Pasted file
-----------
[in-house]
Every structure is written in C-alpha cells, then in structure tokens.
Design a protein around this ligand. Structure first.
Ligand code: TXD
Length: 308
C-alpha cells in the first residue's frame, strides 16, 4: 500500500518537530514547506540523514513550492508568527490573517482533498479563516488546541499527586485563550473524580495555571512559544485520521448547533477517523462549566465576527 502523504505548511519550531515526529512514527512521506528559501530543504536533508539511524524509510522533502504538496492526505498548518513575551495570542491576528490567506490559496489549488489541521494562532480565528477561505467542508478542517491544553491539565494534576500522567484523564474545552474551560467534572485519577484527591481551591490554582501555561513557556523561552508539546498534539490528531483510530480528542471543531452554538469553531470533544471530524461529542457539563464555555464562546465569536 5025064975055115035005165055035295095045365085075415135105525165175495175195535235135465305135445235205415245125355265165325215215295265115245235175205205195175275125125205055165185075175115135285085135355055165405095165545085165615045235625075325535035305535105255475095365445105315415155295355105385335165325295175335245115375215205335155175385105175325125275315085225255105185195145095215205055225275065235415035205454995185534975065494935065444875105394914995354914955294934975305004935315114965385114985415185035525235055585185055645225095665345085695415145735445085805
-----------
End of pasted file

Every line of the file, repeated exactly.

[in-house]
Every structure is written in C-alpha cells, then in structure tokens.
Design a protein around this ligand. Structure first.
Ligand code: TXD
Length: 308
C-alpha cells in the first residue's frame, strides 16, 4: 500500500518537530514547506540523514513550492508568527490573517482533498479563516488546541499527586485563550473524580495555571512559544485520521448547533477517523462549566465576527 502523504505548511519550531515526529512514527512521506528559501530543504536533508539511524524509510522533502504538496492526505498548518513575551495570542491576528490567506490559496489549488489541521494562532480565528477561505467542508478542517491544553491539565494534576500522567484523564474545552474551560467534572485519577484527591481551591490554582501555561513557556523561552508539546498534539490528531483510530480528542471543531452554538469553531470533544471530524461529542457539563464555555464562546465569536 5025064975055115035005165055035295095045365085075415135105525165175495175195535235135465305135445235205415245125355265165325215215295265115245235175205205195175275125125205055165185075175115135285085135355055165405095165545085165615045235625075325535035305535105255475095365445105315415155295355105385335165325295175335245115375215205335155175385105175325125275315085225255105185195145095215205055225275065235415035205454995185534975065494935065444875105394914995354914955294934975305004935315114965385114985415185035525235055585185055645225095665345085695415145735445085805